Infrastructure

Saudi’s new King Abdulaziz airport set for completion by late 2016

New hub set to receive first international flights by mid-2017

PHOTO: On completion, the new King Abdulaziz International Airport will have the capacity to accommodate at least 30 million passengers. Credit: Shutterstock

Saudi Arabia’s new King Abdulaziz International Airport (KAIA) is expected to be ready by the end of 2016, the General Authority of Civil Aviation and project officials reportedly said after a recent site visit.

The airport is set to begin receiving international flights by mid-2017, after the commissioning phase and period of operational testing, Arab News reported.

It is set to include a 33km conveyor belt, an automatic train to transport international passengers, and around 96 air bridges serving aircraft of different sizes, of which four will accommodate the Airbus A380.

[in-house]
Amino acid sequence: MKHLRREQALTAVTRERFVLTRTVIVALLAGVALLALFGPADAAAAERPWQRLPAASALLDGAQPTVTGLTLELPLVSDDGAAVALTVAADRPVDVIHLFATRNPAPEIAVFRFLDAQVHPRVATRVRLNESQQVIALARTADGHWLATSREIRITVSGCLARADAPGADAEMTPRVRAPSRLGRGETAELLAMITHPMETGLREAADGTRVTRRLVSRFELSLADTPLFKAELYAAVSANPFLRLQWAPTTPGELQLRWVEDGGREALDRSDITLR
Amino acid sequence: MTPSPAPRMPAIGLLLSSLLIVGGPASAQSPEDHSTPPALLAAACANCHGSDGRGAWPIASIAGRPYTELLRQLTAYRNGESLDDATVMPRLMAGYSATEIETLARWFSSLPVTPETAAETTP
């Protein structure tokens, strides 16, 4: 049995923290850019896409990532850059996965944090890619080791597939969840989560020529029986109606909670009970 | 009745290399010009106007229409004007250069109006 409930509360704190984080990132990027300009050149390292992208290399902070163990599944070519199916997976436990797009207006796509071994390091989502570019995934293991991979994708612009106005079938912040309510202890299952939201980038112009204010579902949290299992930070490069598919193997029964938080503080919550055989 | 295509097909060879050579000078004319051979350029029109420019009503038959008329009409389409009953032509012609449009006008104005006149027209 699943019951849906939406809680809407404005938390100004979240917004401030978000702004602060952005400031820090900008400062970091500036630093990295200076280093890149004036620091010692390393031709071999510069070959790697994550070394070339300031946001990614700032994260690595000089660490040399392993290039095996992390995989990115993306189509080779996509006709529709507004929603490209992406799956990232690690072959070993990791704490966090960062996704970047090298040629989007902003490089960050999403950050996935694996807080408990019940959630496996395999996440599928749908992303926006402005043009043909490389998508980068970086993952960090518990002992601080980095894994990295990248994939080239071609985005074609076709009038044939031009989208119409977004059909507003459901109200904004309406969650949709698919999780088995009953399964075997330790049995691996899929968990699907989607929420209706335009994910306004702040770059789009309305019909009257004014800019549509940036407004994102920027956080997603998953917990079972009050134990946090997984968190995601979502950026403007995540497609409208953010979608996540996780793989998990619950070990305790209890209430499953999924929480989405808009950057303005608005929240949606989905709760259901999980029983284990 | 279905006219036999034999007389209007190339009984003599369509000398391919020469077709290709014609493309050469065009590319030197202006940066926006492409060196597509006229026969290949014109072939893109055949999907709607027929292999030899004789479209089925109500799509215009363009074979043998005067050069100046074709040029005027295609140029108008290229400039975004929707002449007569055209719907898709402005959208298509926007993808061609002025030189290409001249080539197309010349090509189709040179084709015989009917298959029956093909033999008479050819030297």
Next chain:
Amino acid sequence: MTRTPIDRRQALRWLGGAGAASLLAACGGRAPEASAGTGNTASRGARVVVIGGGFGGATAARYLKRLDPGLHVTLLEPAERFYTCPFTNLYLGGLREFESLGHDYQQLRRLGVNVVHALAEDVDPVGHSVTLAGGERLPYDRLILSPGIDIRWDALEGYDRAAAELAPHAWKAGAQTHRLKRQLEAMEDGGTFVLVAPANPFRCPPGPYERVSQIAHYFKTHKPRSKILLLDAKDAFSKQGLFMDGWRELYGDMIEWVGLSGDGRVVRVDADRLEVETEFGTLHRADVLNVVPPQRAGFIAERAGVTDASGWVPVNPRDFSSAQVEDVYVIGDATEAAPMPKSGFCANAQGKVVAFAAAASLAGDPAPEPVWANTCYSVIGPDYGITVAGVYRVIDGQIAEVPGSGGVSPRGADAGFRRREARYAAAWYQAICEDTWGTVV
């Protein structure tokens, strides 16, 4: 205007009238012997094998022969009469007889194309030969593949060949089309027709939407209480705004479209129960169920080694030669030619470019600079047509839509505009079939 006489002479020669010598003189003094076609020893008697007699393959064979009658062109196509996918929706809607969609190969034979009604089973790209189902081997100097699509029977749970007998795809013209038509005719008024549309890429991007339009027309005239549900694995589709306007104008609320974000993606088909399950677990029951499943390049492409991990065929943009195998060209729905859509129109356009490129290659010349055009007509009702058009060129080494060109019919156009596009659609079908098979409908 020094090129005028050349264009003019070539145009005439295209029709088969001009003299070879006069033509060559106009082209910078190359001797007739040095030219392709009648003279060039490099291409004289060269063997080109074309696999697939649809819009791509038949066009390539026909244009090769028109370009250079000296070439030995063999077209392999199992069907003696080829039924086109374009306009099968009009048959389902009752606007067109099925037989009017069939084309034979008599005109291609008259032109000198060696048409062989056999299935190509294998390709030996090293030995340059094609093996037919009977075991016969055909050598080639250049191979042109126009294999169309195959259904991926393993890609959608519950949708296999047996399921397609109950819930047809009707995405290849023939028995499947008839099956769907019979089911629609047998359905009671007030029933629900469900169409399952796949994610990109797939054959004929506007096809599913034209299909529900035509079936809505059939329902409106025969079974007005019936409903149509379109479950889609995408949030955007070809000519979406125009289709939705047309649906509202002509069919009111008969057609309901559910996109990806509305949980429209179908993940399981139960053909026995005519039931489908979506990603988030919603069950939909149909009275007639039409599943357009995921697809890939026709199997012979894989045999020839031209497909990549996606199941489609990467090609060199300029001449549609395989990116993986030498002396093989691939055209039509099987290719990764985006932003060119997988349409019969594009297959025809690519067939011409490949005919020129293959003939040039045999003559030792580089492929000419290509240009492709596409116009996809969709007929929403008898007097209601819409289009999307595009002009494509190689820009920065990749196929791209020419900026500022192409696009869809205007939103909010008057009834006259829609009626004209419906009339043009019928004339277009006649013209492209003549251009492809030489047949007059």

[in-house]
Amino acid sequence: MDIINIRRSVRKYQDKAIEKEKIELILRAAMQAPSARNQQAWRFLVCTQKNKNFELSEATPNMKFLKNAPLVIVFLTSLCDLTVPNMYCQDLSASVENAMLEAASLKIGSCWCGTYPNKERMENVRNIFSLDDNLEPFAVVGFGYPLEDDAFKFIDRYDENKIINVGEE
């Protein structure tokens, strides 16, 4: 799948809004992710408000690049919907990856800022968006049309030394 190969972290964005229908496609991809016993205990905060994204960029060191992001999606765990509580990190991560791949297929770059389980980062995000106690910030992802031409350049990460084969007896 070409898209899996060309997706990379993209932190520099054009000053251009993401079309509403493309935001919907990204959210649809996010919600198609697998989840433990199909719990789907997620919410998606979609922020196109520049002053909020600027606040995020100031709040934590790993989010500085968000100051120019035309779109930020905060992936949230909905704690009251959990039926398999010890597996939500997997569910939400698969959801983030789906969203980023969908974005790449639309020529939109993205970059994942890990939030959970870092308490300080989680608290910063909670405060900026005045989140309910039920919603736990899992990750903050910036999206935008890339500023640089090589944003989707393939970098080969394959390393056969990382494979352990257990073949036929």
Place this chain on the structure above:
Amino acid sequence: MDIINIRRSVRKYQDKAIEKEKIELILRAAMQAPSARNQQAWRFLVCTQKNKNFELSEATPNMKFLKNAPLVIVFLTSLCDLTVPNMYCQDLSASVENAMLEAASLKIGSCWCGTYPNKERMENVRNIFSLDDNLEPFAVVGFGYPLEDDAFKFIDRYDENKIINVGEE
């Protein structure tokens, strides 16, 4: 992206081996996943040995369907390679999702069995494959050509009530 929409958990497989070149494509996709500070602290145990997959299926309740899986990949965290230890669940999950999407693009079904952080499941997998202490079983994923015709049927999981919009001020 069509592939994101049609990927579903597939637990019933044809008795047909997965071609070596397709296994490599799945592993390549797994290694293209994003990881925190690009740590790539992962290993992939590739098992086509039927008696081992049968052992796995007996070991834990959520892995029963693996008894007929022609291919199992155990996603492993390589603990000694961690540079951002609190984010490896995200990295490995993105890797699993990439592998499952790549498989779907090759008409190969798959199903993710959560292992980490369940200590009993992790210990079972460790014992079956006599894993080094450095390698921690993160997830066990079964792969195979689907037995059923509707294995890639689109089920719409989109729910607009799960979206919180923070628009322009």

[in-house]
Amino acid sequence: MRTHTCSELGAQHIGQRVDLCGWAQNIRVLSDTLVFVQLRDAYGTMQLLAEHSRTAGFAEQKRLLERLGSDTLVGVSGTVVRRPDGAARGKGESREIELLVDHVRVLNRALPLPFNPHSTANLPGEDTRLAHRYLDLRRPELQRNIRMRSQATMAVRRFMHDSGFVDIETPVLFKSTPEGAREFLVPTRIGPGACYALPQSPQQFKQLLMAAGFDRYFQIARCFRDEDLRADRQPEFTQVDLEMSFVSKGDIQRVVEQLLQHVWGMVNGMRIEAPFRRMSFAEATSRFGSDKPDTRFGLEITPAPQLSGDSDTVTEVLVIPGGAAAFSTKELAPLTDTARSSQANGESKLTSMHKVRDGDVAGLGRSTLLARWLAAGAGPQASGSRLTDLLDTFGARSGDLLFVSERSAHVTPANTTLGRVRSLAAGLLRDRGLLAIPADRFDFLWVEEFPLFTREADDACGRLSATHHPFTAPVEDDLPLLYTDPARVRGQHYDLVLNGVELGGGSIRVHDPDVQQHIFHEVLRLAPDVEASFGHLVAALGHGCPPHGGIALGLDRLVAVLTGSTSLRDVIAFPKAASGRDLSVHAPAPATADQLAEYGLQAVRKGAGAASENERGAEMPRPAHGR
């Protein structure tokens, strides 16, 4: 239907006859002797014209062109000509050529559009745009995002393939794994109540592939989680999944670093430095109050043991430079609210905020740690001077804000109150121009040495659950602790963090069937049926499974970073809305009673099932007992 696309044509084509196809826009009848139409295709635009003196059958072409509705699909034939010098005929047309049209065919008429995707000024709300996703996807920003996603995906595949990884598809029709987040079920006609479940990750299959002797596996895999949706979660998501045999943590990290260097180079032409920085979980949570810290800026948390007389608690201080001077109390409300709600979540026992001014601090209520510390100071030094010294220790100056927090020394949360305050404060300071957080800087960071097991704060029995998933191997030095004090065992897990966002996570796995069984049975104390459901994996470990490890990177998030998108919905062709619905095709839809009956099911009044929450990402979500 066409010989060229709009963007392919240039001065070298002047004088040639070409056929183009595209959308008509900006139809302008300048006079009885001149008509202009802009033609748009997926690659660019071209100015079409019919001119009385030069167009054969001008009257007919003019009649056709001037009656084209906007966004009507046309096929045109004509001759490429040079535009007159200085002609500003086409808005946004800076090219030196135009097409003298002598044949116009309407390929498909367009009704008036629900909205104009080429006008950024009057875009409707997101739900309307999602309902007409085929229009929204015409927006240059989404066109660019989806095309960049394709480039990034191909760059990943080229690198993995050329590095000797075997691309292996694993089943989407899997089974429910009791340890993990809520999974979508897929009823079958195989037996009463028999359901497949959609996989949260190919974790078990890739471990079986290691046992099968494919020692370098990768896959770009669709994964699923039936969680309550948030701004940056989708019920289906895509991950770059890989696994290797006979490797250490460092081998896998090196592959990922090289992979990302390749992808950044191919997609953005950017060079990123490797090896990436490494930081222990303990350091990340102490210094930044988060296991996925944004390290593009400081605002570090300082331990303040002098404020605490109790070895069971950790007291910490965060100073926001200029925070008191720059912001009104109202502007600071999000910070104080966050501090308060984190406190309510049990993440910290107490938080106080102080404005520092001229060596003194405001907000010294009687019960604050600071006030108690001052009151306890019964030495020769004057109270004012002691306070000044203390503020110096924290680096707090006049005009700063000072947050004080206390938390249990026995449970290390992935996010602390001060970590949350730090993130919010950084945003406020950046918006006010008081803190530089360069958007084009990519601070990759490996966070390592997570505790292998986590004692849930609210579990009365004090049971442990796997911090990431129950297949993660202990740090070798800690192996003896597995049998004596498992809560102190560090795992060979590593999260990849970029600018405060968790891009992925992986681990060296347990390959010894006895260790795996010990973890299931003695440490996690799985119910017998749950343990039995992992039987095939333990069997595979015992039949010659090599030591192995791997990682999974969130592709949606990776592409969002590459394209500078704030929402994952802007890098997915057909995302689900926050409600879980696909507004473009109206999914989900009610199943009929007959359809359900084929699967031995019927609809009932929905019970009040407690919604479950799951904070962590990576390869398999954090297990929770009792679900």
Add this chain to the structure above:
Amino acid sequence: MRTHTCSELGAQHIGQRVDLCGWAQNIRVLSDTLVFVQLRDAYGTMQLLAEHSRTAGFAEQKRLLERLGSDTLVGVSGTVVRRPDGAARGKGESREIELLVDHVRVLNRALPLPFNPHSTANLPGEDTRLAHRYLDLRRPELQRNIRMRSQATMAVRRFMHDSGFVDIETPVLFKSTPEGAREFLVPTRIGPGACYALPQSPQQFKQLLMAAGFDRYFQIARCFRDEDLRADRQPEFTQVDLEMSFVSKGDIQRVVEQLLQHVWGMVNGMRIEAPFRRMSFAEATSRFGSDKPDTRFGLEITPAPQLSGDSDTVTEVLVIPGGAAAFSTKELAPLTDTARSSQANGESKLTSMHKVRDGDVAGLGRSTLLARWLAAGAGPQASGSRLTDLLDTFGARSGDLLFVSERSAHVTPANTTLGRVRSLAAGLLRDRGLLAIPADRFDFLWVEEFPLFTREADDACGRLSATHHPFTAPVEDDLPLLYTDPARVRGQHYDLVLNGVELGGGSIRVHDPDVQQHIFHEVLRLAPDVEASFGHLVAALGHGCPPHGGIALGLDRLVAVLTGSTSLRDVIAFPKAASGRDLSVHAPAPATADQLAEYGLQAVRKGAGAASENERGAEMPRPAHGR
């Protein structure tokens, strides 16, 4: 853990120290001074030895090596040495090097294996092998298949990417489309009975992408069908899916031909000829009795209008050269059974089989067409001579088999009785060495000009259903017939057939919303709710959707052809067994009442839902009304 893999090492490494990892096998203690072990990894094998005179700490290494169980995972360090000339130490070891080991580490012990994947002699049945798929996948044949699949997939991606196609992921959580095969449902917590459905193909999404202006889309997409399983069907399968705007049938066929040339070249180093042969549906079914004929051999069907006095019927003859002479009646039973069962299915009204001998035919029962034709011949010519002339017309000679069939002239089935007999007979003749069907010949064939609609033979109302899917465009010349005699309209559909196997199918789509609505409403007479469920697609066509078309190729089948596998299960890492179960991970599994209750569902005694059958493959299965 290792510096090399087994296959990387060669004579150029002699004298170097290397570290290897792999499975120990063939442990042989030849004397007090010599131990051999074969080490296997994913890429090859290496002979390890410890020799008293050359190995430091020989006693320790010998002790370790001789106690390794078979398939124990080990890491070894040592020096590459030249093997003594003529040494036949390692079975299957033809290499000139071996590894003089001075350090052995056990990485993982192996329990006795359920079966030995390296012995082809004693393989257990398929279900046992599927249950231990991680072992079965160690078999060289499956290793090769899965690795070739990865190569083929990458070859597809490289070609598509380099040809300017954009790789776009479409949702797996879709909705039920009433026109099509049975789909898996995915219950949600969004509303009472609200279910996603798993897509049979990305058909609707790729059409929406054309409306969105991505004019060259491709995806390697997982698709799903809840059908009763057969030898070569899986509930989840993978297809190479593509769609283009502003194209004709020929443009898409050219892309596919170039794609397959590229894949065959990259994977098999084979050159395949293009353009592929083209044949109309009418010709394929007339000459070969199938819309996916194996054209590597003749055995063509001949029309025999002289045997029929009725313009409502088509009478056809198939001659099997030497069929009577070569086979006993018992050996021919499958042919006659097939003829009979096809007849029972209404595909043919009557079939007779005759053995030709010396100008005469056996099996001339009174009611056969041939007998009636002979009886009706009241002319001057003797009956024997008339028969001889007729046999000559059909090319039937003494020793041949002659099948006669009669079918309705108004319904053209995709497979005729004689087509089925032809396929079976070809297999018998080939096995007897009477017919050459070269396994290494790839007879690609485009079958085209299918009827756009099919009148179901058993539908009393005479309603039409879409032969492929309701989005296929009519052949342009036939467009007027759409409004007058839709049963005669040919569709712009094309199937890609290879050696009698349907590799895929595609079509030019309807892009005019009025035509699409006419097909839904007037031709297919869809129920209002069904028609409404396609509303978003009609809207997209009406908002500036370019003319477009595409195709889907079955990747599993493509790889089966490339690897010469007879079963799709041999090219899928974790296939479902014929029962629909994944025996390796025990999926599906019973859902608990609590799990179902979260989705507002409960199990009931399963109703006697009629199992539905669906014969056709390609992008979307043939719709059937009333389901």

According to officials, 86% of construction work has been completed including the core business lounge, a 136-metre-high control tower with supporting facilities, roads, bridges, infrastructure and rain drainage networks.

Phase one of the project includes a terminal complex measuring 720,000 square metres. There will be five lounges for first- and business-class passengers, two for departing international flights and two for departing domestic flights, while the fifth will be for other passengers connecting with international and domestic flights.

It will also feature a mosque accommodating approximately 3,000 people with an outdoor prayer yard measuring over 2,450 square metres. An upper level for at least 700 women will also be available.

On completion, KAIA will have the capacity to accommodate at least 30 million passengers.

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